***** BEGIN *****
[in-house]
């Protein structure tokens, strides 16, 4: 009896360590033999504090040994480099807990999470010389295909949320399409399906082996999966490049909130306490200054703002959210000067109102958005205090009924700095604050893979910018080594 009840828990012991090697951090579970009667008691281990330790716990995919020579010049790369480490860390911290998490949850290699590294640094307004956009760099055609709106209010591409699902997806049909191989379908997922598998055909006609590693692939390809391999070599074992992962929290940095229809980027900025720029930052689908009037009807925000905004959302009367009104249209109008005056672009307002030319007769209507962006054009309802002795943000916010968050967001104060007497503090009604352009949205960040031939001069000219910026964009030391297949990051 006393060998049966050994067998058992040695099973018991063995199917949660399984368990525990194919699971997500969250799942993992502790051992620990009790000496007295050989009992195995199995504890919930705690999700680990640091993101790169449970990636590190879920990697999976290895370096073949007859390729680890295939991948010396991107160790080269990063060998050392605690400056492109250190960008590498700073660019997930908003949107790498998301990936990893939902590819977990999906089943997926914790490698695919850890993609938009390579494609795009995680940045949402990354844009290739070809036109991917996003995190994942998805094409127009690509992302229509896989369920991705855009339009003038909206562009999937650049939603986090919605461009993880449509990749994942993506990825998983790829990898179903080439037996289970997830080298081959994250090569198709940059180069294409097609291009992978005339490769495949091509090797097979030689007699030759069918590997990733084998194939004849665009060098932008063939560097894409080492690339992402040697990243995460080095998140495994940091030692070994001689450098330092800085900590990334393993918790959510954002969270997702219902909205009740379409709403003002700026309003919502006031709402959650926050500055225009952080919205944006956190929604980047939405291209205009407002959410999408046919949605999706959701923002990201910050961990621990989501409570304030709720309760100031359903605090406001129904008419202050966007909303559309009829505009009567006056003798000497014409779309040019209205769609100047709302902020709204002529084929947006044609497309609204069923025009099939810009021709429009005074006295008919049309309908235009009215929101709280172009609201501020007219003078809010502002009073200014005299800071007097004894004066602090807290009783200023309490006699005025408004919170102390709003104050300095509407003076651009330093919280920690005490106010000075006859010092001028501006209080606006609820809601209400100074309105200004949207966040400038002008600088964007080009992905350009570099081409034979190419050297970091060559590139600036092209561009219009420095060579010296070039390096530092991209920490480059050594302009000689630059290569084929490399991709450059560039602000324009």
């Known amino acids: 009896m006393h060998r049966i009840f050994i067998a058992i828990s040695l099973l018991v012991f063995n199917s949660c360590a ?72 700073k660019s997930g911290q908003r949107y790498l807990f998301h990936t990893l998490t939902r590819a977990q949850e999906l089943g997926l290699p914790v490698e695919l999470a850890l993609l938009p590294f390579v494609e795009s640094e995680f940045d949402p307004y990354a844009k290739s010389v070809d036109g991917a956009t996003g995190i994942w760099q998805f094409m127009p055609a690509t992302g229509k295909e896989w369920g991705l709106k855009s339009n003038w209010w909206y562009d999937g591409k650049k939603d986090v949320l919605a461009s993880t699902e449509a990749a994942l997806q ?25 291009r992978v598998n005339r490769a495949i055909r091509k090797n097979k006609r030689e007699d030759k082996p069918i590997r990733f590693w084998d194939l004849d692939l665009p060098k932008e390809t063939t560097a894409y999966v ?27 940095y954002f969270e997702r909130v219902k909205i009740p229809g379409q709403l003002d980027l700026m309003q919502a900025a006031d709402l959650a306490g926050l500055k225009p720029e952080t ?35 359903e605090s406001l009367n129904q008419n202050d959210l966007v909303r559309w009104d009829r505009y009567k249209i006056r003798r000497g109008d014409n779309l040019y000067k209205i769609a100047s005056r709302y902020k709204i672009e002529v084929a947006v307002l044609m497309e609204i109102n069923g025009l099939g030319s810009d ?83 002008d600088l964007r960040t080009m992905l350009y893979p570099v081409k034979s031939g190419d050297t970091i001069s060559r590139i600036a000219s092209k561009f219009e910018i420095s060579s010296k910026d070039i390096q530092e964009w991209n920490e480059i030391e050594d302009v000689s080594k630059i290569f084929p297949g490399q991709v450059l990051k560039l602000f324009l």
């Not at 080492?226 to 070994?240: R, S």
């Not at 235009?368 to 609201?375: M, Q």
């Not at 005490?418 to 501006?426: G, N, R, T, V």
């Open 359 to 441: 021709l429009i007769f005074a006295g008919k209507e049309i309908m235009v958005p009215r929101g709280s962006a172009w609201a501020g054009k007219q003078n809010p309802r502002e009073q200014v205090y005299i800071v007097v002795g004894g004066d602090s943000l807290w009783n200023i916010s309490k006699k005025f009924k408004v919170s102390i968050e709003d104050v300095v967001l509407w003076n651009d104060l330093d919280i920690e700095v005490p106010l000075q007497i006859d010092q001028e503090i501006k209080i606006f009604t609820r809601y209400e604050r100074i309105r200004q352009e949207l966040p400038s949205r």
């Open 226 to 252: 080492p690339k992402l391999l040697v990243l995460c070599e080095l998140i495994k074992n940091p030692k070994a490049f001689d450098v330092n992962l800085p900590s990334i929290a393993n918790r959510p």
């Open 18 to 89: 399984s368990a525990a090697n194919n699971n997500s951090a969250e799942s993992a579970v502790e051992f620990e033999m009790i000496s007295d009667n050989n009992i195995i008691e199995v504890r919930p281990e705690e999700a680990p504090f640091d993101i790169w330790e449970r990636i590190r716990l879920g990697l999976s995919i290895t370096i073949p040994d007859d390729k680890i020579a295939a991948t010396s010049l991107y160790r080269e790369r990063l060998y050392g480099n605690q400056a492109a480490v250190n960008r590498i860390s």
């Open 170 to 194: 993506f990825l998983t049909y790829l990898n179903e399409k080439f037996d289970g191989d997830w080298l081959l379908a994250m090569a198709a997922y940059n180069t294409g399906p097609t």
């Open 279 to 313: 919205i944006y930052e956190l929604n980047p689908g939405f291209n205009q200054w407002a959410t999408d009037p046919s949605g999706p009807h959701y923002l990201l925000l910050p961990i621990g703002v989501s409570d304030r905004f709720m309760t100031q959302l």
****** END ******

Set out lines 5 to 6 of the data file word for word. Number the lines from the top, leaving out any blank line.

């Not at 235009?368 to 609201?375: M, Q």
């Not at 005490?418 to 501006?426: G, N, R, T, V």